Payments on Student Loans Might Not Start up Again Until August

While President Biden’s debt forgiveness plan is being challenged in court, the White House has postponed the reinstatement of payments and interest on student loans.

Extended student loan payments

President Joe Biden’s proposal to cancel up to $20,000 per qualified borrower faces numerous legal obstacles, so the moratorium on federal student loan payments has been extended.

Payments were scheduled to start again on Jan. 1, but Biden announced in a video statement that the pause would now last “to no later” than June 30, 2023, to allow the Supreme Court time to hear the case this term, according to CNET.

While the courts are reviewing the lawsuit, millions of borrowers who are eligible for relief should not be asked to resume making payments on their student loans, according to Biden.

When payments are to resume

An article published on Business News shares that it is a bit complicated when the payments would resume.

The Department of Education gave a deadline for the start of student loan bills, just like with the previous extension of the payment moratorium.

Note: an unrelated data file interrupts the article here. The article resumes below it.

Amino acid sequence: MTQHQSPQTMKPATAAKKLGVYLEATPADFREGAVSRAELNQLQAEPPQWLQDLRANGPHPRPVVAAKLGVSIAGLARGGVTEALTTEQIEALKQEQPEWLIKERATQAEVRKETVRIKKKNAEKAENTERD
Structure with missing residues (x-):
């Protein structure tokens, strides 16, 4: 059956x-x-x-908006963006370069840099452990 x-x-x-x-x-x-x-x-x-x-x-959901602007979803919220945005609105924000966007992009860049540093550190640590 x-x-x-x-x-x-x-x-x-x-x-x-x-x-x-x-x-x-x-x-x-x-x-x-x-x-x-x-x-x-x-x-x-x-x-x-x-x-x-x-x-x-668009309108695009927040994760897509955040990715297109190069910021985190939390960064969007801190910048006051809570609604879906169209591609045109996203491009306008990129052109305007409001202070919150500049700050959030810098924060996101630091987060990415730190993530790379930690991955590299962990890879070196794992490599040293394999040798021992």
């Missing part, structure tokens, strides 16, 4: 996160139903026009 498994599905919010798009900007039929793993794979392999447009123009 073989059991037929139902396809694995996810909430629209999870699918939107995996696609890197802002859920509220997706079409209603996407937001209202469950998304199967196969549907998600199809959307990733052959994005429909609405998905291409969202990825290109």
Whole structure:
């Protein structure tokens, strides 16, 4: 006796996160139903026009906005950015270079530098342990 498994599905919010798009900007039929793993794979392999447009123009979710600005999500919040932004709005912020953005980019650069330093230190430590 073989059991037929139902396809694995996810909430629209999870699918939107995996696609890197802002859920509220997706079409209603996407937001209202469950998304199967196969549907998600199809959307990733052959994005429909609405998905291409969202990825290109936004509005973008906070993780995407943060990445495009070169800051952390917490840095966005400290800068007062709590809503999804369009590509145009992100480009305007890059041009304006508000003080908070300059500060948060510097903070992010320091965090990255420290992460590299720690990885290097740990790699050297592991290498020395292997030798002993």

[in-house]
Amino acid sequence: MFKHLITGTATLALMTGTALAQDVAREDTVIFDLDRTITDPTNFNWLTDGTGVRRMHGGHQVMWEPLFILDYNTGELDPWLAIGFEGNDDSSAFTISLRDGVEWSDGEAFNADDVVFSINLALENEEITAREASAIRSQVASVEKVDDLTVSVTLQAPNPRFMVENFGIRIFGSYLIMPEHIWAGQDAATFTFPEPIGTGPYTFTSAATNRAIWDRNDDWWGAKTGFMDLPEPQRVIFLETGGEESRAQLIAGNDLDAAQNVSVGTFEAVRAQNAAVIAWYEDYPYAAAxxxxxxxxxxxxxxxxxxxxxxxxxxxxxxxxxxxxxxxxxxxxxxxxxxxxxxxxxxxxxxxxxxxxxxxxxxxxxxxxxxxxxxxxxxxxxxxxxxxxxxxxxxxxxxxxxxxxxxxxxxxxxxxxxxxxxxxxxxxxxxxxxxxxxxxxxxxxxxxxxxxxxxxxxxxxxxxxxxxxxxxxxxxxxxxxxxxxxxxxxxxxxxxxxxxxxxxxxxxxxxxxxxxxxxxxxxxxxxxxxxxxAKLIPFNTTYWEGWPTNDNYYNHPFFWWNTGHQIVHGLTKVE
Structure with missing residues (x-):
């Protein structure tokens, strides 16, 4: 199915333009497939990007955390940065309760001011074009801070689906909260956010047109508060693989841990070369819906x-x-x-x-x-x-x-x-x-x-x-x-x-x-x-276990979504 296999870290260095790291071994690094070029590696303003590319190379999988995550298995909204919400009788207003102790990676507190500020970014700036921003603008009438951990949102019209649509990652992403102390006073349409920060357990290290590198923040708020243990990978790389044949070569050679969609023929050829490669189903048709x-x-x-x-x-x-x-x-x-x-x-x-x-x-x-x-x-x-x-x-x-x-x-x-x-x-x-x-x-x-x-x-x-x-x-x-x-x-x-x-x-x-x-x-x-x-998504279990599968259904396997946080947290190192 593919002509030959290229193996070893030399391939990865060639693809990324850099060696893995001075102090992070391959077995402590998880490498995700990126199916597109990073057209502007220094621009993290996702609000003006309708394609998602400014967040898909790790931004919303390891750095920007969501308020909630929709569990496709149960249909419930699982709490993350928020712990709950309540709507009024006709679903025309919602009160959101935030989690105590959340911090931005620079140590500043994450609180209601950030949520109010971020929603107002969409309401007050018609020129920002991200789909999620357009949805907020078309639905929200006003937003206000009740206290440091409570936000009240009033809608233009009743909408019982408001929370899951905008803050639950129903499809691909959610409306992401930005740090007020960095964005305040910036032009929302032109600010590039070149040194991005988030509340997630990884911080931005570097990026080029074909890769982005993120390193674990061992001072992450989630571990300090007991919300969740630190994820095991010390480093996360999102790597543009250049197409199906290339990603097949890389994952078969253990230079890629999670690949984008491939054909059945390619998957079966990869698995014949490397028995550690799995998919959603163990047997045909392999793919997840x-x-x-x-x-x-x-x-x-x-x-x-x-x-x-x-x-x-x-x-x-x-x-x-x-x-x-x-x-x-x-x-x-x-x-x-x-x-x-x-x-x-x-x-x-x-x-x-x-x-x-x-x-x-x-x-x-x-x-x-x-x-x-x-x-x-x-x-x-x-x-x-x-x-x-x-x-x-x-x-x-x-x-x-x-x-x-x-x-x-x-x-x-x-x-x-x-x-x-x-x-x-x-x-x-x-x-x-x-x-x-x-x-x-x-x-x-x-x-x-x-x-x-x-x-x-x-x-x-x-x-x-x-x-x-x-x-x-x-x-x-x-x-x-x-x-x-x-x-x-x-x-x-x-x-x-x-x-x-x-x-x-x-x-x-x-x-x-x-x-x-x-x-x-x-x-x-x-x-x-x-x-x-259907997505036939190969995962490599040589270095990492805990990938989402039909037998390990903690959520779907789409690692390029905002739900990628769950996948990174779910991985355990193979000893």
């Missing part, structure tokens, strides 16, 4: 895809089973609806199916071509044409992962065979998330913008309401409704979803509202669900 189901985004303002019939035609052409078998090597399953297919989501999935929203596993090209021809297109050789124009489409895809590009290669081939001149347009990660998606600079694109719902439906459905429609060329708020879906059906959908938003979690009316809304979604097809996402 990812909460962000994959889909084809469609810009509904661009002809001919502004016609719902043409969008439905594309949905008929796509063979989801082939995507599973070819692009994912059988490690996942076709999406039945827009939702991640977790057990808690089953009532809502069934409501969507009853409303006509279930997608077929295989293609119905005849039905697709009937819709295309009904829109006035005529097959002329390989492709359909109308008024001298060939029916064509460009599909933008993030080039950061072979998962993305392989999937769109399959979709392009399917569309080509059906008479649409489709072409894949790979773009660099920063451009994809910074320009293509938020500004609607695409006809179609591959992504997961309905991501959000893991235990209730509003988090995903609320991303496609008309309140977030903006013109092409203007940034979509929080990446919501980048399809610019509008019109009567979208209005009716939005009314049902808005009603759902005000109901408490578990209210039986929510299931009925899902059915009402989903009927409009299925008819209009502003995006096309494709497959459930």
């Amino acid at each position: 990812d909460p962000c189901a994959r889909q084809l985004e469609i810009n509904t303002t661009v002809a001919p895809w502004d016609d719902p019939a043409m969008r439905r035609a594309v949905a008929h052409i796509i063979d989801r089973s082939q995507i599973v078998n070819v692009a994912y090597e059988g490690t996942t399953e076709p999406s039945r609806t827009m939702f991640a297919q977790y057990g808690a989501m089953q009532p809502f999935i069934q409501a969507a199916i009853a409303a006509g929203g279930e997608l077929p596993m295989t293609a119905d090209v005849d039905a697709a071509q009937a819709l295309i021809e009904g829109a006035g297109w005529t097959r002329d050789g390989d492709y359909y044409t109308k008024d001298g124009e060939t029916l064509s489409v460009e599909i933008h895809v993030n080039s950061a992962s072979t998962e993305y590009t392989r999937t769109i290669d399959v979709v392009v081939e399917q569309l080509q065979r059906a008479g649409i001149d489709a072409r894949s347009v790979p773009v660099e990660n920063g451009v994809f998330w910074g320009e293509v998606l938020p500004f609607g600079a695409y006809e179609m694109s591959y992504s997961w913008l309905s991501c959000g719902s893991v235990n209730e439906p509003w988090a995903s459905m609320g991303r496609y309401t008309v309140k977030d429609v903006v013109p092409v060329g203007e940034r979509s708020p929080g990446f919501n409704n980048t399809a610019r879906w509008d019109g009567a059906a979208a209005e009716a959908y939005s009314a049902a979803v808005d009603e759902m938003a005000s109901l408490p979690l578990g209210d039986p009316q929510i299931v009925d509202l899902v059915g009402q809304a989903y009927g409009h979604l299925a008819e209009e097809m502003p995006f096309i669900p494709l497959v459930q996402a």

This time, it left things a little more vague, stating that it would not be able to start paying off debt until 60 days had passed since the lawsuit over its student loan forgiveness plan was reopened.

Therefore, if the legal challenges are resolved by late November, though this is unlikely, the earliest the bills could become due again in late January.

The payments will start in late August if the Biden administration is still fighting for its policy in the courts by the end of June or if it cannot proceed with forgiving student loans by then.

While the Biden administration considered whether to proceed with refinancing student loans for forgiveness, higher education expert Mark Kantrowitz previously advised that borrowers of federal student loans should avoid refinancing their loans with a private lender despite the possibility of lower interest rates.

According to Kantrowitz, borrowers may want to start looking into alternatives now that they know the extent of the impending debt cancellation, assuming the president’s policy is upheld in court. He said that you’re more likely to get a lower rate with a lender because the Federal Reserve is predicted to keep raising interest rates.